Defunct Games
  1. 1993
  2. 1994
  3. 1995
  4. 1996
  5. 1997
Rampage World Tour
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Rampage World Tour Rampage World Tour Rampage World Tour
  • Review Score:

  • D
They did it with Tempest. They did it with Pong. Heck, they even did it with Frogger. So why not remake an arcade classic like Rampage? Simple: Rampage wasn't WORTH updating. Or at least, not if a game like Rampage World Tour is the result!

As the name mentions, this Rampage is a WORLD TOUR. It certainly doesn't take a rocket scientist to figure out that this must mean that you will be visiting many of the worlds greatest locales. As you can imagine they hit just about every place that any other "world tour" would. The funny thing is that not only do you go to New York and Amsterdam, but also Pittsburgh and Peoria, among other lesser known areas.

And while there are tons of different cities to destroy, after awhile they start to look the same. Now, don't get me wrong, a lot of the levels look different. Long Island, for example, looks a lot different than Newark, but after awhile I started to notice that the levels looked the same. Toledo looks an awful lot like New York, for example. Not just similar, but they used the exact same graphics. There are far too many levels as well, a complaint I do not normally have.

The first thing everybody will notice is how good the graphics look. Sure, the Saturn's hardware makes it slightly grainier than it probably should be, but compared this makes the original look like The Lost World ... and I'm not talking about the sequel to Jurassic Park (but rather the 1925 classic). Even though the game is fully 3D, the game uses an interesting "claymation"-like effect.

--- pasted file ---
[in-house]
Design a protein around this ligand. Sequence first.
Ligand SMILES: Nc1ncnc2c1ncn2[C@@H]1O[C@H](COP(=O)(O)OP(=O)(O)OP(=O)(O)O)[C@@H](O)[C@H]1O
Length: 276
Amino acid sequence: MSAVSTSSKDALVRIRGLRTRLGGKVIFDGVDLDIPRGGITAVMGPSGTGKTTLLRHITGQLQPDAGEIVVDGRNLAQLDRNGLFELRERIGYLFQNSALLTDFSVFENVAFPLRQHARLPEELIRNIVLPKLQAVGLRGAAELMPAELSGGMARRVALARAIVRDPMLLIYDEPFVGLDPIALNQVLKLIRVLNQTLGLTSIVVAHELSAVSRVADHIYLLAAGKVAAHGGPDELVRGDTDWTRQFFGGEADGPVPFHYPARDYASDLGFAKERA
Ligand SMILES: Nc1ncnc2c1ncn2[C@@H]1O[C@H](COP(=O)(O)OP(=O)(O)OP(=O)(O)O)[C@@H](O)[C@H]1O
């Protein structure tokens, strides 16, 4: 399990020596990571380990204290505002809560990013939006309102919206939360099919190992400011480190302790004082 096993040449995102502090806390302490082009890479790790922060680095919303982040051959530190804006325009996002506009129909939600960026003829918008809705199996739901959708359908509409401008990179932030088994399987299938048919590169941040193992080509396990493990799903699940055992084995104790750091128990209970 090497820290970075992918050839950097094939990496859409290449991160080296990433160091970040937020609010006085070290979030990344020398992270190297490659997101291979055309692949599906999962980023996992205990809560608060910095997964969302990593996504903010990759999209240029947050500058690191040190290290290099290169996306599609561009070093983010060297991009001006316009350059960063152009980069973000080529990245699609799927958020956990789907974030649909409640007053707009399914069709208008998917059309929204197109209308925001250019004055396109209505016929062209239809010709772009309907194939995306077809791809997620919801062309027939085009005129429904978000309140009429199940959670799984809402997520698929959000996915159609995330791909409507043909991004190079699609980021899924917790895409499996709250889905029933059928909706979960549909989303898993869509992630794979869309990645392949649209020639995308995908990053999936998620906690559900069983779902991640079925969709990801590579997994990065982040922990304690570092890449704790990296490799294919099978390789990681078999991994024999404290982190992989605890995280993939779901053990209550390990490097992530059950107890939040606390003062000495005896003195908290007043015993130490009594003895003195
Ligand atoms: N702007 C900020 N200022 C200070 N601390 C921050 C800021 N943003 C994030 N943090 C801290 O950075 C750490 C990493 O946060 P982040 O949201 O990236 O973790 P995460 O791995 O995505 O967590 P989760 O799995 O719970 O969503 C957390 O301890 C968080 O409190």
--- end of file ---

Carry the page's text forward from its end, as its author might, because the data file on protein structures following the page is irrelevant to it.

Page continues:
Something that has always troubled me about the Rampage series is it's complete lack of variety. Each level is basically the same through and through. Sure there are different looks, people to kill, and buildings to demolish, but the game play never really changes that much. Something else that has always troubled me was the multiple missed opportunities. Where are the flying creatures? Why can't there be bosses in the same vein of the Godzilla series? Why can't you win over the more liberal of the onlookers who don't mind you destroying their "commercialism"? All these, and may more unanswered questions haunt a game like this.

But even worse than the repetition, though, is the horrid play control. While it's true that there are more moves than in the original, it also feels like the game is just not very responsive.

But when everything is said and done this game just doesn't work as well as it should. For an upgrade to a decade old game, Rampage World Tour does not live up to expectations.
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